I also assume restaurants and hotels are next based on the local spam I see happening…

  2. Sounds great, provided that Google:

    (a) doesn’t kill off the program after 6 months

    (b) enforces it evenhandedly

    (c) rolls it out to the dozens of other industries and cities where mapspam is a serious problem, and

    (d) continually improves the program to stay ahead of the subset of scammers who will undoubtedly outsmart Google.

  3. This will clean things up a bit, but I wonder if it will be scalable. I think a Google virtual tour is a good way to vet a business, although these aren’t appropriate for all businesses.

    1. @Phil google has been working on the technique since the rollout of the Home Services Ad. They are using a 3rd party. They have every intention, despite Gly’s hope, of only focusing on high contact, high public danger verticals.

      Given all of that the concern I would have would not be the scalability but whether they can sustain the costs.

  4. @David
    When predicting which ones Google will attack next, think high public danger… threat to life and limb…. locksmith and plumbers coming to a home can cause physical harm…

    Spam frequency in and of itself is not the criteria for this extra scrutiny. Also Google thinks that their Bricks and mortar vetting is pretty good. Not that the test is SAB only.

    So I don’t think restaurants will be next unless you consider ptomaine poisoning an imminent public danger.

  5. Interesting! I’ve worked on a couple of locksmith websites so I know the industry a little bit. I think as more and more people get into rank and rent, Google will take more action to prevent that from happening.

  6. Pleased to see advanced verification. That being said, Google severely underestimates the number of people calling to “reverify listings.” Businesses are plagued with calls from “Google certified partners” almost daily. Google has not been proactive enough with discouraging marketing companies from “reverification calls.” Google & Pinkerton have their work cut out for them. Differentiating themselves from the daily bombardment will prove to be a difficult task. I will be interested to learn how they plan to approach businesses.

  7. As someone who has worked in the locksmith vertical, it is already really hard to spam up big G nowadays. I don’t see this happening on a large scale, but I agree with Antonio that this is far more about signing more people up for their lead gen services than it is about spam. In my experience Google could give a s*** about spammers. Interesting though about the adwords accounts.

  8. Just completed an advanced verification through Pinkerton for a plumbing company in San Diego. Shocked to see they asked for SSN, EIN, & DOB.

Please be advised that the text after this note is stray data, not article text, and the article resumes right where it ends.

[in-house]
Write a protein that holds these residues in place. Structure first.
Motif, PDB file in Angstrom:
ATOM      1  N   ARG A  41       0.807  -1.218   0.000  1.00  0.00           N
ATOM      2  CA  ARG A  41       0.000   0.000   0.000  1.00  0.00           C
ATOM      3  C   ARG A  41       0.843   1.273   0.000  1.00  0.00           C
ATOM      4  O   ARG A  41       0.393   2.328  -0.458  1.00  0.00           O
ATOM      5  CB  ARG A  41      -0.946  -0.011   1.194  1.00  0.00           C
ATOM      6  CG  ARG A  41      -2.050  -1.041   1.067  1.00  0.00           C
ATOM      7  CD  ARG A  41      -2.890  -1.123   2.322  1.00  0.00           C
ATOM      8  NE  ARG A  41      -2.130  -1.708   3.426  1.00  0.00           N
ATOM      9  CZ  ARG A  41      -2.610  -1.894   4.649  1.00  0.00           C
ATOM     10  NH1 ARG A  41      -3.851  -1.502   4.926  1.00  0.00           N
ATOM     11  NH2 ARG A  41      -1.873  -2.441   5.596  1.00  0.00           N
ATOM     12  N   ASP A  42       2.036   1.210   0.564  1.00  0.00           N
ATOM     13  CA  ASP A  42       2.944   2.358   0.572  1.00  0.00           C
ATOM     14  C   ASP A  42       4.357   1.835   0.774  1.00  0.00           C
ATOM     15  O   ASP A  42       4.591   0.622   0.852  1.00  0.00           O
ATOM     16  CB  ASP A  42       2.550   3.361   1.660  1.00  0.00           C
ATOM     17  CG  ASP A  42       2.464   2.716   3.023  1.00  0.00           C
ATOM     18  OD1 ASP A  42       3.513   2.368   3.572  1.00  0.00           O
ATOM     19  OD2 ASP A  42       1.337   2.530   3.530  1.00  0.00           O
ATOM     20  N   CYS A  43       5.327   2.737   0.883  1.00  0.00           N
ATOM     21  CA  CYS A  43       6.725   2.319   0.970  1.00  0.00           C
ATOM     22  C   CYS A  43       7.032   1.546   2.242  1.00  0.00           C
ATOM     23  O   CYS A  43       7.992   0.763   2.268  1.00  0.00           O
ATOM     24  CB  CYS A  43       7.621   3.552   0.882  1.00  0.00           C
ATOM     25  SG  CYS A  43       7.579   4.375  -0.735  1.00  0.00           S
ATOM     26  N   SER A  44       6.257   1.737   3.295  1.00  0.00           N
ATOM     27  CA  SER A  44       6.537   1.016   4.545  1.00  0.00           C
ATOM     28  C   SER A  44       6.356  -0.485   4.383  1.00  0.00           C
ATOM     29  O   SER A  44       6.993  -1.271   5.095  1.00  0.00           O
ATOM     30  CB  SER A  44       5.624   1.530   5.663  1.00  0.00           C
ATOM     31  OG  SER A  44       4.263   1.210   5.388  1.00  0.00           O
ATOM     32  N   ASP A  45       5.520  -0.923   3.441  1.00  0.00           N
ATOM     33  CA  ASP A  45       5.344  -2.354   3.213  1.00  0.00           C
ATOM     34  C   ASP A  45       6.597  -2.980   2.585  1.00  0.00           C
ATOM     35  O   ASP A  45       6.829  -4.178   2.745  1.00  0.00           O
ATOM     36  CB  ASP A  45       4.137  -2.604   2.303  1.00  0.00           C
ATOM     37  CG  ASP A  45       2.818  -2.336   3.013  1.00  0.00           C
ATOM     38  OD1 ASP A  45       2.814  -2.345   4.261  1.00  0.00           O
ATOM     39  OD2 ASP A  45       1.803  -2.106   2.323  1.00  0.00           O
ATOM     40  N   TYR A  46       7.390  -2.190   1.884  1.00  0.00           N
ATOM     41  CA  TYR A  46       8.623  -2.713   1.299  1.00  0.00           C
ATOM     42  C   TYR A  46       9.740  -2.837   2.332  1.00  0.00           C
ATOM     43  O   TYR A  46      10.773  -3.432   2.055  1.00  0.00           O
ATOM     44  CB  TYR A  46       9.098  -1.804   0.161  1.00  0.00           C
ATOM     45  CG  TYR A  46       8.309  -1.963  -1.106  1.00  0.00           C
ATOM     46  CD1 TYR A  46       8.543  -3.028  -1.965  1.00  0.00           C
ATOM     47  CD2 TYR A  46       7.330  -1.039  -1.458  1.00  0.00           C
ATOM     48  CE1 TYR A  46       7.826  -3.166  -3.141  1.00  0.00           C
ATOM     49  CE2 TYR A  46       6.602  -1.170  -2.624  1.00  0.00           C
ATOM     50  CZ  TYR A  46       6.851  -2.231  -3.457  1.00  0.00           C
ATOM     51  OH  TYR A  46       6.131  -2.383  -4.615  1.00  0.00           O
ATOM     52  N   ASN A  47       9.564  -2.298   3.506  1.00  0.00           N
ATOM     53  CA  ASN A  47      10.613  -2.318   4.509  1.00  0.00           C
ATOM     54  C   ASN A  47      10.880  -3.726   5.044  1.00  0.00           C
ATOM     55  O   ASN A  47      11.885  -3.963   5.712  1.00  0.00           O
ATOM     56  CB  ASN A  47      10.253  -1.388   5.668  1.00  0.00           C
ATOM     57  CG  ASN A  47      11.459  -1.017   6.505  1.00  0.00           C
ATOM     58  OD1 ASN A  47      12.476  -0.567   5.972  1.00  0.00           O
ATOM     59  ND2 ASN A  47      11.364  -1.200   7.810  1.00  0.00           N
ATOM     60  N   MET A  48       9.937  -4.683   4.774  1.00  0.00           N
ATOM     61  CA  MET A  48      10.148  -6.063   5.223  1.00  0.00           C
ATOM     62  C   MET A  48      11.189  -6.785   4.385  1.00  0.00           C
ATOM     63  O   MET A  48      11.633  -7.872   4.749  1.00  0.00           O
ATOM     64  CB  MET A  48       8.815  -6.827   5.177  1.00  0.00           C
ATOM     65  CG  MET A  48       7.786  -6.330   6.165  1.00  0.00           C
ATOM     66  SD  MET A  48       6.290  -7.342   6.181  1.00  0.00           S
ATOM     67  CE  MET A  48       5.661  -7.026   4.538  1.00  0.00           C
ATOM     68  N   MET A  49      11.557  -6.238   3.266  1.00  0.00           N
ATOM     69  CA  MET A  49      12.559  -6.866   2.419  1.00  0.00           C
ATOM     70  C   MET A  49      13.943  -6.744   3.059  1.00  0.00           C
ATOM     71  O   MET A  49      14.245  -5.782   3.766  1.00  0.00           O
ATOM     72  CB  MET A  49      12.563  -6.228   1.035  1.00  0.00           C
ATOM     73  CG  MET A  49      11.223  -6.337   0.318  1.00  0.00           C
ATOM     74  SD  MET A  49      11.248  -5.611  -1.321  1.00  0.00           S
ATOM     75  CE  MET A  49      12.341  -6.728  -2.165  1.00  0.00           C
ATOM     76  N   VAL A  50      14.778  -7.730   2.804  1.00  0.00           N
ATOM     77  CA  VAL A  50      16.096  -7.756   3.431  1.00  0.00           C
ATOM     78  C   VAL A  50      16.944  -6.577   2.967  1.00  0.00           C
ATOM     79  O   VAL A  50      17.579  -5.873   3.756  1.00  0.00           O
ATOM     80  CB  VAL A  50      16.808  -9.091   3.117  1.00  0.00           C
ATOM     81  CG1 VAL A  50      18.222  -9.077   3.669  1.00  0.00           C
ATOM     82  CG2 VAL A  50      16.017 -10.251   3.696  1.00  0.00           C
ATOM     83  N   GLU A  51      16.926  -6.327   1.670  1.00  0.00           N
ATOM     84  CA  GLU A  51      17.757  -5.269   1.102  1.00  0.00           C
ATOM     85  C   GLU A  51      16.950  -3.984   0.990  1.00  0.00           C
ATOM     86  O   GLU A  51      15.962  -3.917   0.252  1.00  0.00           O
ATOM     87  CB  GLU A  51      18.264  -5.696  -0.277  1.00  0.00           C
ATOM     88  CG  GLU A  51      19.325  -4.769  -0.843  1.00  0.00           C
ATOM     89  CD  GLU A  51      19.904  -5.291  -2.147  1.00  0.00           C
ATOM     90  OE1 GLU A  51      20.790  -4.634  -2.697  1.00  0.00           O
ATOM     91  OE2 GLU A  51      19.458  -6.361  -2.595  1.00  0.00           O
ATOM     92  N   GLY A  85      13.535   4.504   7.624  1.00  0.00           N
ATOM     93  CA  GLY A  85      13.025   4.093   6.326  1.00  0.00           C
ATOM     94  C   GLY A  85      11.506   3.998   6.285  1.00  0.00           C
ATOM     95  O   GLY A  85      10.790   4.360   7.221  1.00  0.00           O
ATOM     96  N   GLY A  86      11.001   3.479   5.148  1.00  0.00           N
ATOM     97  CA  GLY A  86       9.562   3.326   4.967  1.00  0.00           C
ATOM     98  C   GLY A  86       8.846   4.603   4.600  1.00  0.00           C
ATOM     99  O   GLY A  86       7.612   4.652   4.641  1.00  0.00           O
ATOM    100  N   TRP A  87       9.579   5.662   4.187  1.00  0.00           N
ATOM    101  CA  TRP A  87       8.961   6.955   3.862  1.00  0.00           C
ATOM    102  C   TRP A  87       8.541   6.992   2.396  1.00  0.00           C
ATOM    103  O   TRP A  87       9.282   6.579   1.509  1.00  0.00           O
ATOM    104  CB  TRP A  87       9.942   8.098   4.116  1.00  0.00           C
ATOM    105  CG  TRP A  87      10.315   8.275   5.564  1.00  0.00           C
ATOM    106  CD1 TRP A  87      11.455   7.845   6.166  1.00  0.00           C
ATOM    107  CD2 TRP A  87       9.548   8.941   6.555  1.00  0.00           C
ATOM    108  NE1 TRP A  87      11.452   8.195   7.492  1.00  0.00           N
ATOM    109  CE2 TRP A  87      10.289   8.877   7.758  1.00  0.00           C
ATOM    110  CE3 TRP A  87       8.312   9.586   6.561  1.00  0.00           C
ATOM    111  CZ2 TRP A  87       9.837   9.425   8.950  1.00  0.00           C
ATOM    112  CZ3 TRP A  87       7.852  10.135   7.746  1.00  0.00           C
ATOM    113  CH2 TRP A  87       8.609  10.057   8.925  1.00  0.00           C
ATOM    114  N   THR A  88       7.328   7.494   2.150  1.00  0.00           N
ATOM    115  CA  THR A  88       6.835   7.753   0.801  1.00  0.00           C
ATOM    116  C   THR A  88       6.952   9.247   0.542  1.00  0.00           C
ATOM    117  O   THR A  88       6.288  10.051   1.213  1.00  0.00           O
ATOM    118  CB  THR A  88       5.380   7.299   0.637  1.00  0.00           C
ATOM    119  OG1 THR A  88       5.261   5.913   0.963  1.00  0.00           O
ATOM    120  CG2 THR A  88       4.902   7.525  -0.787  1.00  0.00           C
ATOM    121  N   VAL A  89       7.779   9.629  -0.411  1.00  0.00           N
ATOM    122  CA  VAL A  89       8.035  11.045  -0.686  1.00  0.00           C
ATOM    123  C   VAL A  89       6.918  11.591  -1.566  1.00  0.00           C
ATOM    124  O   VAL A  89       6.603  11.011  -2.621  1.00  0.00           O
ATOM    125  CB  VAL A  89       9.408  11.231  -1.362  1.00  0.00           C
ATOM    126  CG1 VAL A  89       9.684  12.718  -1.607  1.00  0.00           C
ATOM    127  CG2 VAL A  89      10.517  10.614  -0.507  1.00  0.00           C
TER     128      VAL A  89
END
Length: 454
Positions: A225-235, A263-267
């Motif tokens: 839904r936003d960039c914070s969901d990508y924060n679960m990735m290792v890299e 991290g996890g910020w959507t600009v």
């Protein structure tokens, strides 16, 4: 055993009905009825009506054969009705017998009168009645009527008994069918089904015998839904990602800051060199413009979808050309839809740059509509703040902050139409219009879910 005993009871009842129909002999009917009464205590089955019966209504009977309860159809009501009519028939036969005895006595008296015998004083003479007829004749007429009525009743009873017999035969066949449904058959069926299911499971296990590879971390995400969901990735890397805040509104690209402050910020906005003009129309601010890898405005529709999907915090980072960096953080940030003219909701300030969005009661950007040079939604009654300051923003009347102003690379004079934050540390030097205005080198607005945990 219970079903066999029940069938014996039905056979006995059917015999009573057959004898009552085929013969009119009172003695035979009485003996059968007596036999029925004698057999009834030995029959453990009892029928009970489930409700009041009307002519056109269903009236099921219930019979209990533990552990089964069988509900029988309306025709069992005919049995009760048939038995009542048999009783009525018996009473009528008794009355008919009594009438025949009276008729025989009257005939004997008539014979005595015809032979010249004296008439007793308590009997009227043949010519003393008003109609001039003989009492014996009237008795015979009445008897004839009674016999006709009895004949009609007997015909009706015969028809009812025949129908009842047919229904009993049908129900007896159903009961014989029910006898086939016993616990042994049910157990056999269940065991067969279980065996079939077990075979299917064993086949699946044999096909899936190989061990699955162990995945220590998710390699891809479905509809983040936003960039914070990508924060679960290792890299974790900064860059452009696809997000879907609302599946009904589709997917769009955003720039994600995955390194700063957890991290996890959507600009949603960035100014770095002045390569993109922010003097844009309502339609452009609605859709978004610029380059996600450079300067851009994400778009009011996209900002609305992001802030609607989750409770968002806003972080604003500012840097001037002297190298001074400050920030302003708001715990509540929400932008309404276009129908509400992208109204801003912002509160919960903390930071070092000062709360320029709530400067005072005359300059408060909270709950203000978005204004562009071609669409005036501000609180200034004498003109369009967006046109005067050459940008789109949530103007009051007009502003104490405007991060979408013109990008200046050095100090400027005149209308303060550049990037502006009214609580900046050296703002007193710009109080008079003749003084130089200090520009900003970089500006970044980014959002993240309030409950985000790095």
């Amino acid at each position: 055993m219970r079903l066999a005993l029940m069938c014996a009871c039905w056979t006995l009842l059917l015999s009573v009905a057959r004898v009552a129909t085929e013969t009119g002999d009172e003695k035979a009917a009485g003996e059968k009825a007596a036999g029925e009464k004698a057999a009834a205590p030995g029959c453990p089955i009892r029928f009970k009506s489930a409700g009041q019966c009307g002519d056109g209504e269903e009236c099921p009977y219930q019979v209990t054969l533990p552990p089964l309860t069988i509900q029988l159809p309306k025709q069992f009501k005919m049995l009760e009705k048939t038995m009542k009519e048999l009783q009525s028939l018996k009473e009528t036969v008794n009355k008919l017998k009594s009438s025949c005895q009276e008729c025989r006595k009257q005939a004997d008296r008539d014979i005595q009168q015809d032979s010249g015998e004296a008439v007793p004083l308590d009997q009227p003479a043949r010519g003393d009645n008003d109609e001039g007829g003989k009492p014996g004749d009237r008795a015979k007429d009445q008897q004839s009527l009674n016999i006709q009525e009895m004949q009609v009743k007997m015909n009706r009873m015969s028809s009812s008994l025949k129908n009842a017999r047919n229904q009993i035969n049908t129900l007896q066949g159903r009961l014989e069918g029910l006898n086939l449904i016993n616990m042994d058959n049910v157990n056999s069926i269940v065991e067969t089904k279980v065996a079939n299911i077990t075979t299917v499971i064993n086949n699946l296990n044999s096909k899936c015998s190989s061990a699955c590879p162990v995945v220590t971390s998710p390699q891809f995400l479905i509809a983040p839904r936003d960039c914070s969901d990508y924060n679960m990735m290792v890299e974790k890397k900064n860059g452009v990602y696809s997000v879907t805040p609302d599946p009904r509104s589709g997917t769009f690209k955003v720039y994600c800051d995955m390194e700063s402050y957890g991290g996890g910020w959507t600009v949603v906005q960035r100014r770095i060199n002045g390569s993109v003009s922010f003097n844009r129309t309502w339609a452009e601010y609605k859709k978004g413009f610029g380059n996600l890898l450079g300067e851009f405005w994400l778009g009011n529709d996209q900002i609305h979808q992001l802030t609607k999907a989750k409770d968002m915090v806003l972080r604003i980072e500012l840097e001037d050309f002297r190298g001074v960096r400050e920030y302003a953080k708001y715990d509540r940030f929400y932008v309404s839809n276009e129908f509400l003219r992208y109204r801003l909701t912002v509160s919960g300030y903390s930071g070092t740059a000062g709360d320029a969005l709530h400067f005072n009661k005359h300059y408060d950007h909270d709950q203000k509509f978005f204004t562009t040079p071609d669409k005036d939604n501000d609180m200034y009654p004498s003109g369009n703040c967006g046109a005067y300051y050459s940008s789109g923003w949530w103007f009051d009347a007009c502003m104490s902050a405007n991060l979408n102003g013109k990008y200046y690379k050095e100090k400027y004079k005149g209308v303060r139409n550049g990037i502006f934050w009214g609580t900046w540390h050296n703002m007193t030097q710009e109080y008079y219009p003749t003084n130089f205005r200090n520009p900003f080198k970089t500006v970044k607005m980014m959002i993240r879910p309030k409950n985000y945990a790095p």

The individual from Google stated “Google is creating home service Ads, to be included you need to be eligible. This will take the place of Adwords. We want to verify small business so we don’t have a bunch of illegitimate business owners in the my business accounts.”

    This seems as though Google is looking to create an additional revenue stream and it is much less about protecting the public. Although I must say the “maps advanced verification” is a brilliant cover.

  9. Google does make it difficult to get verified it seems. It took me several tries to get my business verified. I get that they want quality control but I wish it was easier.

  10. I just had a weird instance where Google allowed me to verify via phone and then, even after proper completion of phone verification they required postcard verification. It was for a service area business (painter). Long story short, it got me looking into the latest verification news to see what I could be missing and found this.

    I think the fact that they’re using the business owners social security number for *anything* is a little surprising and, to be honest, unnecessary. It’s the business, not the individual, that’s being verified, right? I’m all for cleaning up spam but I don’t like the idea of Google crossing the business/person barrier. It also fuels a lot of the supposed conspiracy theorists claim that Google’s spam team profiles, tracks, and targets individual webmasters or SEOs as way to curb the proliferation of spam sites in the organic results.

    On a side note: is there any reason you can think of Google would require postcard verification immediately AFTER a successful phone verification? Have you heard of instances where they require both forms of verification for some service area businesses?